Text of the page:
After Love Cafe, the painting travels to Southeast with Mr. Henry's displaying it from July 1 - 30 at 601 Pennsylvania Avenue. In Southwest, it will be hung in the Market Inn at 200 E Street from August 1 - 30. The tour ends at Colonel Brooks Tavern in Northeast at 901 Monroe Street, exhibiting the piece between September 1 - 30.

In the fall, the painting will be auctioned at the Come to Washington: A Song for the City gala. Sonnig Records is donating 25% of the winning bid to the DC Music Center, a non-profit organization that provides affordable music lessons for inner city, low income and minority youths and adults. Details on the gala will be released mid-summer.

The "Come to Washington: A Song for the City" painting exhibition tour is sponsored in part by Mickelson's Fine Art Framing and the YMCA of Metropolitan Washington. Supporters include Ben's Chili Bowl, Velatis, Caramels, the Anacostia Museum, and the Embassy of Japan. Join Sonnig Records in this effort to bring the four sections of Washington together through song. Go to www.lincolnross.com for more information on the campaign and to purchase the catchy "Come to Washington" anthem, or call Sonnig Records at (202) 210-2427.

Friday, June 02, 2006

Acrylic Snobs

I switched from oils to acrylics for health reasons in the 1990'S. I find the versatility of acrylic paint amazing . I still love oils and use them in stick form for the cityscape paintings but the new acrylics....I'm mesmerized and excited with the possibilities. "Sacré Bleu," by Anne Marchand, acrylic and mixed media, 36" x 36"

You are invited to see my new work this weekend at the Zenith Gallery. It's the last weekend of the "Ellipsis" Exhibition. I'll be there from 1-3pm on Saturday, June 3 to answer your questions. I hope to see you there.

Zenith Gallery, 413 7th Street NW, Washington, DC 202.783.2963
Click for Map

THIS FROM CANADIAN ARTIST ROBERT GENN......

"Most of the bad attitude you hear about acrylics comes not from collectors, but from other artists. This is unfortunate because the same narrow views can work against other media--watercolour for one. As an acrylic painter myself, I get around the problem by praising oils. I'm on solid ground here--I worked in oils for thirty years. I tell folks that nothing will ever beat them for texture and workability. Only occasionally do I mention oil-based problems: darkening, yellowing, oxidizing and sinking in, etc. It's not the pigments, it's the medium--traditional thinners, drying oils--particularly linseed oil. Also, because of technical ignorance and creeping amateurism, oils can require early restoration--some after only a few years. Interestingly, decaying oils these days are restored with acrylic. If you're in the mood sometime, you can check out a few of the oil painters whose work has ended up as restorer's hell: Rothko, Ryder, Pollock, etc.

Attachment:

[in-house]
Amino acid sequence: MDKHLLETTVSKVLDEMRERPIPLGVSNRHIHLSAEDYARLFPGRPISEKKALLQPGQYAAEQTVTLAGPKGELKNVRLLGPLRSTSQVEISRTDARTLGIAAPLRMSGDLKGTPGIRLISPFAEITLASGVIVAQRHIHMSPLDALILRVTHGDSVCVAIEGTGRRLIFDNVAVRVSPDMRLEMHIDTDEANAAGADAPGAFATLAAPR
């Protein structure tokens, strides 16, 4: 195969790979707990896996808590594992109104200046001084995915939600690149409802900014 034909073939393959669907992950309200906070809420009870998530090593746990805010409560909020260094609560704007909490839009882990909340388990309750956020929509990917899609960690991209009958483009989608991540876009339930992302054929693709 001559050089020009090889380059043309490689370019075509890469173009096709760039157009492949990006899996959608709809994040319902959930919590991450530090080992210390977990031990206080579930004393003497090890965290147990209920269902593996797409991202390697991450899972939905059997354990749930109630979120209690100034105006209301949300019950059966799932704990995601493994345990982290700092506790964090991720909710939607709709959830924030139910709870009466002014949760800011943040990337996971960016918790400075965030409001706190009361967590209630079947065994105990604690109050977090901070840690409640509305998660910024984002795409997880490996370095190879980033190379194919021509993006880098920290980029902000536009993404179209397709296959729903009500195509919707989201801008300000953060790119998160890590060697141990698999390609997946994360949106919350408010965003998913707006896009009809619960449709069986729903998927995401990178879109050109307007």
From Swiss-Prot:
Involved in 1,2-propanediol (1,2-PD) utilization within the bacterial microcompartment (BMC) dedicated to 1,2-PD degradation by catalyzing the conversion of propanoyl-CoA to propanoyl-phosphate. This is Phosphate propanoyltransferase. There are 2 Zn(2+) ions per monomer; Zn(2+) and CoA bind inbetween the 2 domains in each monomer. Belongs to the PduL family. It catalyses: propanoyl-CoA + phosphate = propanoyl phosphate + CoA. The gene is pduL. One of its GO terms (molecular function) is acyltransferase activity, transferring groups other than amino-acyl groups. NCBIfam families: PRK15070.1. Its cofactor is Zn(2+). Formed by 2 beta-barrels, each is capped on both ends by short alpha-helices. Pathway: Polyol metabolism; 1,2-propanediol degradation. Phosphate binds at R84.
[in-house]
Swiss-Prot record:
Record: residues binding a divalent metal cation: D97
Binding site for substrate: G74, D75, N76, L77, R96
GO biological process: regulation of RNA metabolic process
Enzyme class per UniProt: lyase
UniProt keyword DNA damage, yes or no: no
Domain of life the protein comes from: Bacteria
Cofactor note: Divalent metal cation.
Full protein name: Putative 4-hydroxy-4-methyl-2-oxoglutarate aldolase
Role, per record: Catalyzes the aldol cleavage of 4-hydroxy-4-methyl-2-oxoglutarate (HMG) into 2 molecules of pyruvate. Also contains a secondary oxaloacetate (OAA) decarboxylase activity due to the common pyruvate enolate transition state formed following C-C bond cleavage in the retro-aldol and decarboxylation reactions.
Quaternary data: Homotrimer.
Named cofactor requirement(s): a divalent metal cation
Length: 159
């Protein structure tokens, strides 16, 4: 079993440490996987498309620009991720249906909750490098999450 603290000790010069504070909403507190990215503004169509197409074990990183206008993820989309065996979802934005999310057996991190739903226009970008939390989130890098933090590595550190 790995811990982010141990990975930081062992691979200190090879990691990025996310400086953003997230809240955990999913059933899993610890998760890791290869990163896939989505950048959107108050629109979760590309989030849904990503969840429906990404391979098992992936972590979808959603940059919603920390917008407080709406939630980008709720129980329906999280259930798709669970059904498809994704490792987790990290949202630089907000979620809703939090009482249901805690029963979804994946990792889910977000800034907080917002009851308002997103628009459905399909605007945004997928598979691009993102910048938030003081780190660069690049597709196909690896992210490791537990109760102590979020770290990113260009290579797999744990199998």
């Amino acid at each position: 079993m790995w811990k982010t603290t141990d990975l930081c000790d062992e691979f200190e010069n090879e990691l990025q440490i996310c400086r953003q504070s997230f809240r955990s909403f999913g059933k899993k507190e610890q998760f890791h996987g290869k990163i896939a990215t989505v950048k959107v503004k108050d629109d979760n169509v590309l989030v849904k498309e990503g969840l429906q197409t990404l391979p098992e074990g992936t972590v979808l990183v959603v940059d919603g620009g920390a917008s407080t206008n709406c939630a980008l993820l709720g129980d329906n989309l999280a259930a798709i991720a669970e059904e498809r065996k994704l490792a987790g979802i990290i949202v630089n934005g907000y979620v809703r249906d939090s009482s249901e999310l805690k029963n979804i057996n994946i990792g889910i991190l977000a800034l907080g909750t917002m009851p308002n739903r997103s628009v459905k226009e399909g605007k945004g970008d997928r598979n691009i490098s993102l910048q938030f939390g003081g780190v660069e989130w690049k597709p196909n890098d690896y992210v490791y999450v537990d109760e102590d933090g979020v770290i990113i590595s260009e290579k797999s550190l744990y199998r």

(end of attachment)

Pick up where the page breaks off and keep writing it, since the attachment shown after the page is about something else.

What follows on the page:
Back in high school I made some early skirmishes in acrylics. We called them co-polymers in those days. Years later I noticed
that they still looked fresh and bright. Working juicy, I had discovered that in acrylic you are okay using lots of medium. As well as being a big strong molecule, as far as we know the molecule stays big, strong and clear--almost indefinitely. Of
course, being a relatively new medium (about 70 years), the jury is still out, but most experts think that the future looks
great for acrylic.

What's not to love about acrylic? Let me count the ways. Apart from apparent permanence and strength, there's flexibility,
controllable opacity, colour fastness, resistance to pollutants, opportunity for variety of creative methodology,
adaptability to mixed media, as well as speedy drying and cleanup. Used knowledgably, there's less toxicity with acrylic.
More than anything, glazing and scumbling in acrylic are a piece of cake."

PS: "Today, very little serious oil or fresco restoration is undertaken in anything other than acrylics." (Ian Hebblewhite--Artists' Materials)

Esoterica: I switched from oils to acrylics in 1974. I did it for health reasons. My price structure stayed the same. Oils/acrylics--same prices, same increases. Resistance to the medium has been infrequent and generally from the ignorant. Collectors, I've found, have to like what they see, and by and large they trust the artists to know what they're doing. Medium is not such an issue. I still love oils. I delight in cruising the surfaces of the masterful ones. But I tell people: "In acrylic, what you lose on the corners, you make up for on the straights."

Robert Genn, www.painterskeys.com

Anne Marchand, www.annemarchand.com

Ribbon Cutting Ceremony for the "Silver Pass" Public Artwork

You are cordially invited to attend the unveiling of some of the most thrilling public art in all of Downtown Silver Spring
 
Come meet the creative team, the sponsors and supporters, and especially, the wonderful young men and women who created the spectacular mosaics you see below

June 9, 2006 6:00PM
Georgia Ave. at Blair Mill Road



http://www.montgmeryyouthworks.com

Marilou Donahue at artisticallyspeaking.tv

June arts web site is up and ready for viewing. Michael Kahn is the
Personality of the month.

http://artisticallyspeaking.tv